Tissue Doppler Imaging Measurement of Left Ventricular Systolic Function in Children: Mitral Annular Displacement Index Is Superior to Peak Velocity
ABSTRACT Doppler tissue imaging (DTI)-derived mitral annular systolic peak S-wave velocity (S') correlates with left ventricular (LV) ejection fraction (EF). The authors hypothesized that DTI mitral annular displacement, which is equal to the velocity-time integral of the DTI S' wave, might be superior to S' to analyze LV systolic function. Because S' varies with age, it was expressed as Sz, the z-score variance from normal S' for each subject. Because displacement varies with heart size, it was expressed as a displacement index, or the DTI S'-wave velocity-time integral divided by the end-diastolic distance from the mitral annulus to the LV apex. The aims of this study were to (1) measure the accuracy, sensitivity, specificity, and positive and negative predictive values of displacement index compared with Sz to detect systolic dysfunction; (2) compare displacement index with other quantitative parameters of longitudinal systolic function, including color DTI-derived strain and two-dimensional speckle-tracking echocardiography (2D)-derived mitral annular displacement and strain; and (3) determine the effects of age, heart rate (HR), and body surface area (BSA) on displacement index.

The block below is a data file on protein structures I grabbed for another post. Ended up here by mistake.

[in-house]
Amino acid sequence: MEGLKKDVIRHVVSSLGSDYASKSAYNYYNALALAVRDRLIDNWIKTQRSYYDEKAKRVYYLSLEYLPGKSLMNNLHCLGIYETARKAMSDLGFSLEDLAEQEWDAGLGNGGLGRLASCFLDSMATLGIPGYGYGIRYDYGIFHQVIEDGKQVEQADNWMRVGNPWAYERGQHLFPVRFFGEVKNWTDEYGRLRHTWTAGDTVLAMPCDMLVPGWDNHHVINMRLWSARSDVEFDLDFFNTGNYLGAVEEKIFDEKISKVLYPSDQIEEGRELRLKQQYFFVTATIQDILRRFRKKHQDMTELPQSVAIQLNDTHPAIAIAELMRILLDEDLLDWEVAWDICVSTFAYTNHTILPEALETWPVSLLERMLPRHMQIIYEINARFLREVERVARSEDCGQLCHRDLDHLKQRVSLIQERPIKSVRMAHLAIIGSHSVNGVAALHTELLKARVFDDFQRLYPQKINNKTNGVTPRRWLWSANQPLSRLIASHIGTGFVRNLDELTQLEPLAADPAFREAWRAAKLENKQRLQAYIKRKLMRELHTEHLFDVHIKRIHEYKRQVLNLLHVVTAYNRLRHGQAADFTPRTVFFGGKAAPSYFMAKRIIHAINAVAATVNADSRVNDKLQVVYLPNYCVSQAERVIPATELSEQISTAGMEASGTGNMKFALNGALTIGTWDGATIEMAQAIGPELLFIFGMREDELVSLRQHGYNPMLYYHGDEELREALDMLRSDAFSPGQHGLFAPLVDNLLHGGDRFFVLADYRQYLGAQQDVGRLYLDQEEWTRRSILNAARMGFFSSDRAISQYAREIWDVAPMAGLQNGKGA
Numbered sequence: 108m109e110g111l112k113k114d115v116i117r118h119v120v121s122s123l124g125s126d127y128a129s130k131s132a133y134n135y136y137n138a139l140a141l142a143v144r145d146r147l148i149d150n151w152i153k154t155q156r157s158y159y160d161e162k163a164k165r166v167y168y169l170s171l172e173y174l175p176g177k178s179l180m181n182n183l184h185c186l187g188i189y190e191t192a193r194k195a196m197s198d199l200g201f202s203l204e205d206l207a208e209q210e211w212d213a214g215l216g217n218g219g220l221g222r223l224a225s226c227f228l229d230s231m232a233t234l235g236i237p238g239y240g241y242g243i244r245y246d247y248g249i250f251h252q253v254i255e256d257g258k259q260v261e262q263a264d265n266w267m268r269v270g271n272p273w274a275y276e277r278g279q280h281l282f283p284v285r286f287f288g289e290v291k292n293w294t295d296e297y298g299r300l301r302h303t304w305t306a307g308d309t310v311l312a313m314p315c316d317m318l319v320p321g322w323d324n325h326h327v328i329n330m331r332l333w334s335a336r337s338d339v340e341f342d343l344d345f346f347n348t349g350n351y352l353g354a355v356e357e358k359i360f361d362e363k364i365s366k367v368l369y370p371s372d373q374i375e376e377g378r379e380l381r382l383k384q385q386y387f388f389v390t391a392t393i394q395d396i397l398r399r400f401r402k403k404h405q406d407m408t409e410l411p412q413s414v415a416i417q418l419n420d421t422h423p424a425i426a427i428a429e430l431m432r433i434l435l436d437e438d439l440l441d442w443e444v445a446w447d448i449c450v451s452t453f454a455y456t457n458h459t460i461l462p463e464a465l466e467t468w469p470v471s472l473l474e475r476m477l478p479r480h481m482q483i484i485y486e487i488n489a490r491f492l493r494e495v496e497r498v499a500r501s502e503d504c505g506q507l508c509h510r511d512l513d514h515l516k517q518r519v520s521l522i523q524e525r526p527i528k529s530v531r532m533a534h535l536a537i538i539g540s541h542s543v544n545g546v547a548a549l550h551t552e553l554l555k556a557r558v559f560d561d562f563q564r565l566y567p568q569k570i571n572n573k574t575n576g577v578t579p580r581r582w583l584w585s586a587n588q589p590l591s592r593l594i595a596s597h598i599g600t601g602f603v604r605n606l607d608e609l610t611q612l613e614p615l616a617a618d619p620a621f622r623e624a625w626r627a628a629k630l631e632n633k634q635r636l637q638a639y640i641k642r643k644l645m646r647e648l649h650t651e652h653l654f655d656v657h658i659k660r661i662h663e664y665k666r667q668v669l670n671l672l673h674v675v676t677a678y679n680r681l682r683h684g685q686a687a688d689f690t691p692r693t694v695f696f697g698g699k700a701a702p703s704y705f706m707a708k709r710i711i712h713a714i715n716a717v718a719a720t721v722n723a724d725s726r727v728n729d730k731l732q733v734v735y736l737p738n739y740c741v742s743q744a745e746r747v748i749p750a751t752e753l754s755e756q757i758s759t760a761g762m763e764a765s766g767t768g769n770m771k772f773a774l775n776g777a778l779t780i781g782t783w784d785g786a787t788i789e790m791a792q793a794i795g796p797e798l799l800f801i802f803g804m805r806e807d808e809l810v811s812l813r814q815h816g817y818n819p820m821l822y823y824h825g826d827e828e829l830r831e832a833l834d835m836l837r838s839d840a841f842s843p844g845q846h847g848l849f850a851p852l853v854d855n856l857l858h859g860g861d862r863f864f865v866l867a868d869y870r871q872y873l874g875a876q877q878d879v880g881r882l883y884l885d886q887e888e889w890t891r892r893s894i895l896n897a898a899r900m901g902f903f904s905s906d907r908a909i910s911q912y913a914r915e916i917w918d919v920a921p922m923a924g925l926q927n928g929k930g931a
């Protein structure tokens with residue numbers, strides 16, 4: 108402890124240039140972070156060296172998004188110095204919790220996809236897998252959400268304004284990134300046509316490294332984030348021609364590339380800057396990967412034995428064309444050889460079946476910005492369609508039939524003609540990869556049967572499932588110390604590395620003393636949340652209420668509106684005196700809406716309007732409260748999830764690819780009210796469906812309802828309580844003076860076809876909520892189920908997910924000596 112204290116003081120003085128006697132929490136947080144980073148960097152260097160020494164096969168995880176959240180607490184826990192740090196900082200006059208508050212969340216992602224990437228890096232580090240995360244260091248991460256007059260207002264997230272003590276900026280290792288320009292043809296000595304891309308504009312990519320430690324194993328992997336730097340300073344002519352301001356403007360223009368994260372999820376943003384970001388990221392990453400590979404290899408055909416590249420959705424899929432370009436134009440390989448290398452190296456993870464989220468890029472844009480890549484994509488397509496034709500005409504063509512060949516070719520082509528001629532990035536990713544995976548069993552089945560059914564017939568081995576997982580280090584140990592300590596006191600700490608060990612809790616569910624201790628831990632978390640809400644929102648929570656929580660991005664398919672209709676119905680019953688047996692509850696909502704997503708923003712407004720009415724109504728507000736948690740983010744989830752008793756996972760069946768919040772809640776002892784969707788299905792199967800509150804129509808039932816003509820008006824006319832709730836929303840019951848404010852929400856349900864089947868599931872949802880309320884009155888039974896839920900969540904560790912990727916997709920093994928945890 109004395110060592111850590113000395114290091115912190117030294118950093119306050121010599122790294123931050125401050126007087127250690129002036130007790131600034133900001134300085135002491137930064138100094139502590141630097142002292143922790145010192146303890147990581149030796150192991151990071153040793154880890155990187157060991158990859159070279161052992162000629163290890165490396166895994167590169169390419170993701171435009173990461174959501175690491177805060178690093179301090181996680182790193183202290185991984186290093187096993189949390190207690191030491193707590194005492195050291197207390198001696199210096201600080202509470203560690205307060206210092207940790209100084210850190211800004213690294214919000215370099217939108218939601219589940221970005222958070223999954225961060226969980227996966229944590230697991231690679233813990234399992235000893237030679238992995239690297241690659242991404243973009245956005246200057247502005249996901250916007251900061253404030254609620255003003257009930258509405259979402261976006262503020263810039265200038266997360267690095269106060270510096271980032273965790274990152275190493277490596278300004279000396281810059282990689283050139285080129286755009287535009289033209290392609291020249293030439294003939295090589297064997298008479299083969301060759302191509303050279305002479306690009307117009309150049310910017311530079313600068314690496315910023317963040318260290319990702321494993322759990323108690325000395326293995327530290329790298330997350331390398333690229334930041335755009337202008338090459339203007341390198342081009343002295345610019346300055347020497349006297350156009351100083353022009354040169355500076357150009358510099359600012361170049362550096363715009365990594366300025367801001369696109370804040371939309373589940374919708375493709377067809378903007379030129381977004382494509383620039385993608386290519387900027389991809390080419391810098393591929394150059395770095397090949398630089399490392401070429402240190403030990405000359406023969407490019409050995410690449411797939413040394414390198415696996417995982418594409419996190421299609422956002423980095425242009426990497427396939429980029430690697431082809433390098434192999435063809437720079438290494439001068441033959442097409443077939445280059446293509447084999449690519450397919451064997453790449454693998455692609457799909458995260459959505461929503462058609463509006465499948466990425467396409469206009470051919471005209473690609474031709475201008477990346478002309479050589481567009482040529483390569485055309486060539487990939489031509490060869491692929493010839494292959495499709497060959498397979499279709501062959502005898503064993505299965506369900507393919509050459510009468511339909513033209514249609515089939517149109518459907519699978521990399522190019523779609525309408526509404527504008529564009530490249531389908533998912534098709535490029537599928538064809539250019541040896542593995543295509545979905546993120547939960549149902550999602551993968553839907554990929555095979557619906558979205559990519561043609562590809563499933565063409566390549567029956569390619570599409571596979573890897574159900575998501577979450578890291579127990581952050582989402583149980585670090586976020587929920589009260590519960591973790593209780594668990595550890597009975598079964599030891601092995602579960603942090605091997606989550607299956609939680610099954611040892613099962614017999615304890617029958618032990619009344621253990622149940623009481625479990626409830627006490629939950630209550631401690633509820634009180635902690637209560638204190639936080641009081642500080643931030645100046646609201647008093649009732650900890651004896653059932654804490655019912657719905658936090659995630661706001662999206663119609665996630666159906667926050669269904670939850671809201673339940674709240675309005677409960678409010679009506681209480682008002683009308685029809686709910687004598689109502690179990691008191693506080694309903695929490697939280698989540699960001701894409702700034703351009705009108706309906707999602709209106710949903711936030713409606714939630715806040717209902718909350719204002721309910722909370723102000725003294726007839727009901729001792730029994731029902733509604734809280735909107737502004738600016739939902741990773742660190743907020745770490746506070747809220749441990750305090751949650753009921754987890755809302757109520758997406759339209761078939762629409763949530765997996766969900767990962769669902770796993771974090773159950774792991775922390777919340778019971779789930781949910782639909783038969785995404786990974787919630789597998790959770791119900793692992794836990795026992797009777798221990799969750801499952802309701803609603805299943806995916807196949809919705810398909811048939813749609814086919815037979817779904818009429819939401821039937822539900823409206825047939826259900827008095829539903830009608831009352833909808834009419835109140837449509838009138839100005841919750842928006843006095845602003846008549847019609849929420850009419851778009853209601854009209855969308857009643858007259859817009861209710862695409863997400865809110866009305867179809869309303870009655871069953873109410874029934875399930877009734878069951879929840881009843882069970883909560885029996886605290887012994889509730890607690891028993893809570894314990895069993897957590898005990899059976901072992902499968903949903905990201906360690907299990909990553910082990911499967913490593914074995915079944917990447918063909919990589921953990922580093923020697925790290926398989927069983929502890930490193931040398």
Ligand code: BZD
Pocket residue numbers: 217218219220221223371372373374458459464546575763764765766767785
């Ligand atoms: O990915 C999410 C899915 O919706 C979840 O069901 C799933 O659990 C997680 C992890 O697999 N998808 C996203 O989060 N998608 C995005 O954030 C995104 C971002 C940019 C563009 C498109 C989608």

Displacement index and Sz results were compared with EF and with each other using statistical tests, including independent t tests, linear regression, receiver operating characteristic curve analysis, and 2 x 2 probability tables. Displacement index was also compared with other parameters of longitudinal systolic function, age, HR, and BSA using regression analysis.
Forty-six patients had normal (EF > or = 55%) and 34 abnormal (EF < 55%) LV function. Groups were statistically equivalent (P > .05) for age, HR, and BSA and statistically different (P < .001) for all measured parameters of systolic function. Displacement index and EF were linearly related. Receiver operating characteristic curve analysis showed the sensitivity of displacement index to be greater than that of Sz throughout the study range. Probability table analysis demonstrated that for predicting EF < 55%, the sensitivity, accuracy, and negative predictive value were greater for displacement index than for Sz. Displacement index was linearly correlated with 2D mitral annular longitudinal displacement, 2D LV basal segment longitudinal strain, and color DTI LV basal segment longitudinal strain. Displacement index was not affected by age, HR, or BSA.
Displacement index is linearly related to EF and also to other parameters of longitudinal systolic function. Displacement index has some advantages over Sz for assessing ventricular systolic function and should prove useful in measuring longitudinal and global LV systolic function.